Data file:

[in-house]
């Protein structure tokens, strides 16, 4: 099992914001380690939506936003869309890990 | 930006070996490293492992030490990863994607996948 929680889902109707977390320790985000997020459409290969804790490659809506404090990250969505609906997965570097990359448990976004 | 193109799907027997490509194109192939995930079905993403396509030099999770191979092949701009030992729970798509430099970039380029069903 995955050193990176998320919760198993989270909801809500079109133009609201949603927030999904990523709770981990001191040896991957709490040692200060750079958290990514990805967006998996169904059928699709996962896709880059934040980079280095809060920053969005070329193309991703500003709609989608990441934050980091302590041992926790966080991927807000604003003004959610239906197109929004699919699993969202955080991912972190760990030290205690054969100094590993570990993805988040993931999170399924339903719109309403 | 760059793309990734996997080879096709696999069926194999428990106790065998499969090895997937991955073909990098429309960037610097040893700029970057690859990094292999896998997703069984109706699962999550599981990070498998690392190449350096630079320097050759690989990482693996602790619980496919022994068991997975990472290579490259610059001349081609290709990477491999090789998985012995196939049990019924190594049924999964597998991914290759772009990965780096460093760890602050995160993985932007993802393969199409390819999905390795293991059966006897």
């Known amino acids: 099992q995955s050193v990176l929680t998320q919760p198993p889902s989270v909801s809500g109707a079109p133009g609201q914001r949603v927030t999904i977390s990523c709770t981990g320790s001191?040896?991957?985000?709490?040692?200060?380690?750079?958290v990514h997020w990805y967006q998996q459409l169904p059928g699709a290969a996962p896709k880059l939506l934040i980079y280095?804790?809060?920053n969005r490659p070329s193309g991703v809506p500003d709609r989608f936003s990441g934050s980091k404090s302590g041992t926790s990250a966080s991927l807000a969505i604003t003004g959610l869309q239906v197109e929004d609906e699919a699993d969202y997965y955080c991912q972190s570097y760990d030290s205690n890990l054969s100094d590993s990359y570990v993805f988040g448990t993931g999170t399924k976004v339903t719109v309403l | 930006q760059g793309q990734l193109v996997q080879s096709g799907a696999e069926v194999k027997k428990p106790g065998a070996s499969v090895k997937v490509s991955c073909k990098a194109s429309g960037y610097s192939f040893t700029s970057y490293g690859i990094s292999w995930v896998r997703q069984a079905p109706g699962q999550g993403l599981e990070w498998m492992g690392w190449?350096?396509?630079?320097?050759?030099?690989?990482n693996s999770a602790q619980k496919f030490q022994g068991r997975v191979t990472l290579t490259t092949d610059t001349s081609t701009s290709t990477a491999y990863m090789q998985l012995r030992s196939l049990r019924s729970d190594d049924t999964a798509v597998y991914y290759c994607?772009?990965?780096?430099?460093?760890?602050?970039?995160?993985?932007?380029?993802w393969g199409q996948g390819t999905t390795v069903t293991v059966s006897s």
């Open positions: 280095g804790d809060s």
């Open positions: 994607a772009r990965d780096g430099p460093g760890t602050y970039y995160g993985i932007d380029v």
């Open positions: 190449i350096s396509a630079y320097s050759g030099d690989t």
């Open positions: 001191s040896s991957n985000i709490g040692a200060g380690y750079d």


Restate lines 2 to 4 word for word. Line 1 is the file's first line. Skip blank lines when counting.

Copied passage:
């Protein structure tokens, strides 16, 4: 099992914001380690939506936003869309890990 | 930006070996490293492992030490990863994607996948 929680889902109707977390320790985000997020459409290969804790490659809506404090990250969505609906997965570097990359448990976004 | 193109799907027997490509194109192939995930079905993403396509030099999770191979092949701009030992729970798509430099970039380029069903 995955050193990176998320919760198993989270909801809500079109133009609201949603927030999904990523709770981990001191040896991957709490040692200060750079958290990514990805967006998996169904059928699709996962896709880059934040980079280095809060920053969005070329193309991703500003709609989608990441934050980091302590041992926790966080991927807000604003003004959610239906197109929004699919699993969202955080991912972190760990030290205690054969100094590993570990993805988040993931999170399924339903719109309403 | 760059793309990734996997080879096709696999069926194999428990106790065998499969090895997937991955073909990098429309960037610097040893700029970057690859990094292999896998997703069984109706699962999550599981990070498998690392190449350096630079320097050759690989990482693996602790619980496919022994068991997975990472290579490259610059001349081609290709990477491999090789998985012995196939049990019924190594049924999964597998991914290759772009990965780096460093760890602050995160993985932007993802393969199409390819999905390795293991059966006897």
């Known amino acids: 099992q995955s050193v990176l929680t998320q919760p198993p889902s989270v909801s809500g109707a079109p133009g609201q914001r949603v927030t999904i977390s990523c709770t981990g320790s001191?040896?991957?985000?709490?040692?200060?380690?750079?958290v990514h997020w990805y967006q998996q459409l169904p059928g699709a290969a996962p896709k880059l939506l934040i980079y280095?804790?809060?920053n969005r490659p070329s193309g991703v809506p500003d709609r989608f936003s990441g934050s980091k404090s302590g041992t926790s990250a966080s991927l807000a969505i604003t003004g959610l869309q239906v197109e929004d609906e699919a699993d969202y997965y955080c991912q972190s570097y760990d030290s205690n890990l054969s100094d590993s990359y570990v993805f988040g448990t993931g999170t399924k976004v339903t719109v309403l | 930006q760059g793309q990734l193109v996997q080879s096709g799907a696999e069926v194999k027997k428990p106790g065998a070996s499969v090895k997937v490509s991955c073909k990098a194109s429309g960037y610097s192939f040893t700029s970057y490293g690859i990094s292999w995930v896998r997703q069984a079905p109706g699962q999550g993403l599981e990070w498998m492992g690392w190449?350096?396509?630079?320097?050759?030099?690989?990482n693996s999770a602790q619980k496919f030490q022994g068991r997975v191979t990472l290579t490259t092949d610059t001349s081609t701009s290709t990477a491999y990863m090789q998985l012995r030992s196939l049990r019924s729970d190594d049924t999964a798509v597998y991914y290759c994607?772009?990965?780096?430099?460093?760890?602050?970039?995160?993985?932007?380029?993802w393969g199409q996948g390819t999905t390795v069903t293991v059966s006897s």
């Open positions: 280095g804790d809060s």